Theory that offspring are more likely to survive if they are different than their parents. The assumption propping up this theory is that the local habitat a child is born into is often already saturated with genetically similar relatives and it therefore pays to be genetically different.
This theory has been charged with suffering from the ‘fallacy of affirming the consequent’. The counterargument here is that just because children happen to be more diverse does not mean that diversity occurred simply for the sake of setting children apart from their relatives. Diversity for the sake of genetic distinction is not aligned with how life typically behaves: life prefers to mutate as infrequently as possible. Mutation, and evolution, only when obstacles to life’s continuation arise. Indeed, the mathematical odds of a mutation proving beneficial in the offspring of two parents who have survived until that point within their local environment are outweighed by the odds of a mutation proving harmful. It would therefore be impractical for offspring to trend towards diversity merely to distinguish themselves from their parents; the risk far exceeds the reward.
Articulation of Theory
“As [Michael Ghiselin] put it, ‘In a saturated economy, it pays to diversify.’ Ghiselin suggested that most creatures compete with their brothers and sisters, so if everybody is a little different from their brothers and sisters, then more can survive. The fact that your parents thrived doing one thing means that it will probably pay to do something else because the local habitat might well be full already with your parents’ friends or relatives doing their things.’
Graham Bell has called this the ‘tangled bank’ theory, after the famous last paragraph of Charles Darwin Origin of Species: ‘It is interesting to contemplate an entangled bank, clothed with many plants of many kinds, with birds singing on the bushes, with various insects flitting about, and with worms crawling through the damp earth, and to reflect that these elaborately constructed forms, so different from each other and dependent upon each other in so complex a manner, have all been produced by laws acting around us.” (60, The Red Queen)
Fallacy of Affirming the Consequent Counterargument
“The trouble is, all these results are also predicted by rival theories just as plausibly. Williams wrote: ‘Fortune will be benevolent indeed if the inference from one theory contradicts that of another. This an especially acute problem in the debate. One scientist gives the analogy of somebody trying to decide what makes his driveway wet: rain, lawn sprinklers, or flooding from the local river. It is no good turning on the sprinkler and observing that it wets the drive or watching rain fall and seeing that it wets the drive. To conclude anything from such observations would be to fall into the trap that philosopher call ‘the fallacy of affirming the consequent.’ Because sprinklers can wet the drive does not prove that they did wet the drive. Because the tangled bank is consistent with the facts, does not prove it is the cause of the fact.” (61, The Red Queen)
The Lack of Drift Counterargument
“The tangled bank also conflicted with evidence from fossils. In the 1970s evolutionary biologists realized that species do not change much. They stay exactly the same for thousands of generations, to be suddenly replaced by other forms of life. The tangled bank is a gradualist idea. If the tangled banks were true, then species would gradually drift through the adaptive landscape, changing a little in every generation, instead of remaining true to type for millions of generations. A gradual drifting away of a species from its previous form happens on small islands or in tiny populations precisely because of effects somewhat analogous to Muller’s ratchet: the chance of extinction of some forms and the chance prosperity of other, mutated forms. In larger populations the process that hinders this is sex itself, for an innovations is donated to the rest of the species and quickly lost in the crowd. In island populations sex cannot do this precisely because the population is so inbred.” (62, The Red Queen)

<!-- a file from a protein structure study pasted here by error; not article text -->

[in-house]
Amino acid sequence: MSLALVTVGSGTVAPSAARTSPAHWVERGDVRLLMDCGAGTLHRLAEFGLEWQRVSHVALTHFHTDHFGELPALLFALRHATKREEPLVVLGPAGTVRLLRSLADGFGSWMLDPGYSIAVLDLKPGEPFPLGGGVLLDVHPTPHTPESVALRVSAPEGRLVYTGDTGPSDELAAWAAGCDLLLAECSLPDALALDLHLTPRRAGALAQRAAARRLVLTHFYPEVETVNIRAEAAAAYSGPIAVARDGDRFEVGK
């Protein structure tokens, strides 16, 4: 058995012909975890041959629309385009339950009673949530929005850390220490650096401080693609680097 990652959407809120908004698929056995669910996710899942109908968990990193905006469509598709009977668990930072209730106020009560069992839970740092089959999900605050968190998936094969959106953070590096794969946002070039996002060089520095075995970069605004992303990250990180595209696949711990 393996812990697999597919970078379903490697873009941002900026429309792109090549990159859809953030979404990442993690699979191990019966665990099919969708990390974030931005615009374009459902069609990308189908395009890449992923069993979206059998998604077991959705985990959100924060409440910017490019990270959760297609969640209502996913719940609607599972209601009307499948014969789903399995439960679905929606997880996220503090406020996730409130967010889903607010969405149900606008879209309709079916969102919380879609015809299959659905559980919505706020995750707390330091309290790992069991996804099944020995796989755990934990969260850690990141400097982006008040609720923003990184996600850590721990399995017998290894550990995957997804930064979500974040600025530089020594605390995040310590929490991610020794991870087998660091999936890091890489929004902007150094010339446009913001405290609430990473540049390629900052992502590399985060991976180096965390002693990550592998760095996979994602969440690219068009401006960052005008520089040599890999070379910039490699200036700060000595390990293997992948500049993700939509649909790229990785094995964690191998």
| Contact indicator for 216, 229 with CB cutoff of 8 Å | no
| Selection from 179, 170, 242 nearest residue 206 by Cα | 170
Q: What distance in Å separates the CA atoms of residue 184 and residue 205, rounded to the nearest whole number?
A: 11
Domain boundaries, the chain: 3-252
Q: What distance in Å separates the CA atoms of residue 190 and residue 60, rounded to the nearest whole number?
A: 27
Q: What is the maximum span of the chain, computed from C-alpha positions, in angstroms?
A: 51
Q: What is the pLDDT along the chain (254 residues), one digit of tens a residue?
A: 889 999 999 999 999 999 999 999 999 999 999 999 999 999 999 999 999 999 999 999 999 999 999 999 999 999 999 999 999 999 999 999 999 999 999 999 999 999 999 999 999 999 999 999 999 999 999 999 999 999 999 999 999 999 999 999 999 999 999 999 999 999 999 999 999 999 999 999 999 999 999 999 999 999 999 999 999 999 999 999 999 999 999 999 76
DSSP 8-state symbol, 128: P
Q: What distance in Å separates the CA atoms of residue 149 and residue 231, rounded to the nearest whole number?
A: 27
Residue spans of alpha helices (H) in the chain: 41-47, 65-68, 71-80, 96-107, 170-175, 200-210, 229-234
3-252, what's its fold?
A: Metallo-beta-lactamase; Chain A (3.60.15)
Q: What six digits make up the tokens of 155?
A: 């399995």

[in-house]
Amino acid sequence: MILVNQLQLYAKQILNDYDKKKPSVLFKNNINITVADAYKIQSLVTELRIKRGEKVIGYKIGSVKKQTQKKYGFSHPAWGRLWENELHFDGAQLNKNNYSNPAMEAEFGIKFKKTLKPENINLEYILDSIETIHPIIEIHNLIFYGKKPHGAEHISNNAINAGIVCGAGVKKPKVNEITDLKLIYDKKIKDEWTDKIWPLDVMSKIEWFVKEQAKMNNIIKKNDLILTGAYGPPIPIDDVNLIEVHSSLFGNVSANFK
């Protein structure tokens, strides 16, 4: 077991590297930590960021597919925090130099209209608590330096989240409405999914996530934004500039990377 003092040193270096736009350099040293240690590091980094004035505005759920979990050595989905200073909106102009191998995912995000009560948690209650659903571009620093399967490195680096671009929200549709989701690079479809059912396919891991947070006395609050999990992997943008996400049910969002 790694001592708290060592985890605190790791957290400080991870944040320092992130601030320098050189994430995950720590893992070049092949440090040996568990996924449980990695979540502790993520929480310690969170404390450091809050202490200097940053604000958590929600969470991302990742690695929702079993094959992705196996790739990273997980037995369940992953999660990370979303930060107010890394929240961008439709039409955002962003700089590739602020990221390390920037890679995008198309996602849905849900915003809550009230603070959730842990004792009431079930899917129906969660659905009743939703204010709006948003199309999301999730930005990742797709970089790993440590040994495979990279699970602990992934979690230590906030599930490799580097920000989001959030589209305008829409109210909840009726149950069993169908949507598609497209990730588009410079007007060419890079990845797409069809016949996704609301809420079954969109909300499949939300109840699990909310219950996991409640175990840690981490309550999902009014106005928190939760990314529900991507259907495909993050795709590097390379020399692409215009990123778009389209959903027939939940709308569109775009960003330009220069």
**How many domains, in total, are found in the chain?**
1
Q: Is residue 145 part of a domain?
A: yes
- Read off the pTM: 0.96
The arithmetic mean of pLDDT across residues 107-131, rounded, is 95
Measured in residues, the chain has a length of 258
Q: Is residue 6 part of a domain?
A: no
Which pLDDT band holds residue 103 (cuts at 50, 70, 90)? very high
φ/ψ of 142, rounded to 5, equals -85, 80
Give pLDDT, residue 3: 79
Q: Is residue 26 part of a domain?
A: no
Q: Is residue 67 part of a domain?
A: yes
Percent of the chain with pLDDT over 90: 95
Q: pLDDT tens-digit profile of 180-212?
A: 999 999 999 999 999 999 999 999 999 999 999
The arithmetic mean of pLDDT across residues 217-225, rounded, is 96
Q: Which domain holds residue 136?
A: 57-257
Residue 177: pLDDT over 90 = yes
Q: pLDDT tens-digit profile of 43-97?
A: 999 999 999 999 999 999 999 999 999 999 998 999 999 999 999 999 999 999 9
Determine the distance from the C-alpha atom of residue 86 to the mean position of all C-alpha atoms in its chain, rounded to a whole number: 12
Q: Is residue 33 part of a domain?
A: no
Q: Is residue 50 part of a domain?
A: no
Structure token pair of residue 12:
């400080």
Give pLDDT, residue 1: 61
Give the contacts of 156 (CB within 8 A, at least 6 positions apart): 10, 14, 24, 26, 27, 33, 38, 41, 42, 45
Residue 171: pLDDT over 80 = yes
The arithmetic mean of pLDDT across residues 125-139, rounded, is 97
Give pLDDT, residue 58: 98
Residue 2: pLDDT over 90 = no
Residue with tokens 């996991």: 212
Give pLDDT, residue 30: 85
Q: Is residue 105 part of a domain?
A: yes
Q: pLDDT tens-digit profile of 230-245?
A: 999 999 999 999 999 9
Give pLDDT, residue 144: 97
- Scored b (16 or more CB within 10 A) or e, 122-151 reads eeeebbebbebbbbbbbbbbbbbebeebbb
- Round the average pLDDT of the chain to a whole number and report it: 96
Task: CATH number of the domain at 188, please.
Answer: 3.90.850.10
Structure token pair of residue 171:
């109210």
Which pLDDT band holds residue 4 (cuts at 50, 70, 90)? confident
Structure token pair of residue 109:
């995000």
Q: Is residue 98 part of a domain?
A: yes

Platonic Bias Counterargument
“It was Williams who first pointed out that a huge false assumption lay, and indeed still lies, at the core of most popular treatments of evolution. The old concept of the ladders of progress still lingers on in the form of teleology: Evolution is good for species, and so they strive to make it go faster. Yet is stasis, not change, that is the hallmark of evolution. Sex and gene repair and the sophisticated screening mechanisms of higher animals to ensure that only defect-free eggs and sperm contribute to the next generation – all these are ways of preventing change. The coelacanth, not the human, is the triumph of genetic systems because it has remained faithfully true to type for millions of generations despite endless assaults on the chemical that carry its heredity. The old ‘Vicar of Bray’ model of sex, in which sex is an aid to faster evolution, implies that organisms would prefer to keep their mutation rate fairly high — since mutation is the source of all variety — and then do a good job of sieving out the bad ones. But, as Williams put it, there is no evidence yet found that any creature ever does anything other than try to keep its mutation rate a low as possible. It strives for a mutation rate of zero. Evolution depends on the fact that it fails.
Tangled banks work mathematically only if there is a sufficient advantage to being odd. The gamble is that what paid off in one generation will not pay off in the next and that the longer the generation, the more this is so — which implies that conditions keep changing.” (63, The Red Queen)
The Red Queen by Matt Ridley